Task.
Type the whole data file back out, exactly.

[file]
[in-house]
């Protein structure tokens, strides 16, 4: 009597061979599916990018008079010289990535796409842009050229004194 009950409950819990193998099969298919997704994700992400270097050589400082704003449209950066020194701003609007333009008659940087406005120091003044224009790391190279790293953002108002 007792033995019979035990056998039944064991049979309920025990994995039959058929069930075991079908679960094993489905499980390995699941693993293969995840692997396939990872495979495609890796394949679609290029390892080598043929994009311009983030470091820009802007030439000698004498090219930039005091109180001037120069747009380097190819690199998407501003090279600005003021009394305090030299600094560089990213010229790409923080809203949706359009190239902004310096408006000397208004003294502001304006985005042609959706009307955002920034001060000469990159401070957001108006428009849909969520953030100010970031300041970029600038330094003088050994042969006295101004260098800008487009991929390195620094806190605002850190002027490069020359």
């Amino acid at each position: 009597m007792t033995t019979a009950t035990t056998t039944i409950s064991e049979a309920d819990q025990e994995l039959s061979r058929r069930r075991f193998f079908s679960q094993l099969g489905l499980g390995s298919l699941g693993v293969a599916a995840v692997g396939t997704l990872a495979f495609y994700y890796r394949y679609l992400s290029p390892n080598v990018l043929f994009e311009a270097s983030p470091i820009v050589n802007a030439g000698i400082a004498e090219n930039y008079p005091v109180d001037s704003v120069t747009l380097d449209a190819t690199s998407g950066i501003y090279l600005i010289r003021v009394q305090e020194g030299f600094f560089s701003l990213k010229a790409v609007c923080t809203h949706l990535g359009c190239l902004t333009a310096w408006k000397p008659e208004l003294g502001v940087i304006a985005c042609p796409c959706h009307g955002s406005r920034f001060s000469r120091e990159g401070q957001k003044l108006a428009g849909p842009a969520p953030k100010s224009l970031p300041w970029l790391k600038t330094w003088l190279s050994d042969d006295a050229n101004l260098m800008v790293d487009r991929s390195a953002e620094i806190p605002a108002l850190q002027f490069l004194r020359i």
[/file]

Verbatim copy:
[in-house]
């Protein structure tokens, strides 16, 4: 009597061979599916990018008079010289990535796409842009050229004194 009950409950819990193998099969298919997704994700992400270097050589400082704003449209950066020194701003609007333009008659940087406005120091003044224009790391190279790293953002108002 007792033995019979035990056998039944064991049979309920025990994995039959058929069930075991079908679960094993489905499980390995699941693993293969995840692997396939990872495979495609890796394949679609290029390892080598043929994009311009983030470091820009802007030439000698004498090219930039005091109180001037120069747009380097190819690199998407501003090279600005003021009394305090030299600094560089990213010229790409923080809203949706359009190239902004310096408006000397208004003294502001304006985005042609959706009307955002920034001060000469990159401070957001108006428009849909969520953030100010970031300041970029600038330094003088050994042969006295101004260098800008487009991929390195620094806190605002850190002027490069020359």
């Amino acid at each position: 009597m007792t033995t019979a009950t035990t056998t039944i409950s064991e049979a309920d819990q025990e994995l039959s061979r058929r069930r075991f193998f079908s679960q094993l099969g489905l499980g390995s298919l699941g693993v293969a599916a995840v692997g396939t997704l990872a495979f495609y994700y890796r394949y679609l992400s290029p390892n080598v990018l043929f994009e311009a270097s983030p470091i820009v050589n802007a030439g000698i400082a004498e090219n930039y008079p005091v109180d001037s704003v120069t747009l380097d449209a190819t690199s998407g950066i501003y090279l600005i010289r003021v009394q305090e020194g030299f600094f560089s701003l990213k010229a790409v609007c923080t809203h949706l990535g359009c190239l902004t333009a310096w408006k000397p008659e208004l003294g502001v940087i304006a985005c042609p796409c959706h009307g955002s406005r920034f001060s000469r120091e990159g401070q957001k003044l108006a428009g849909p842009a969520p953030k100010s224009l970031p300041w970029l790391k600038t330094w003088l190279s050994d042969d006295a050229n101004l260098m800008v790293d487009r991929s390195a953002e620094i806190p605002a108002l850190q002027f490069l004194r020359i």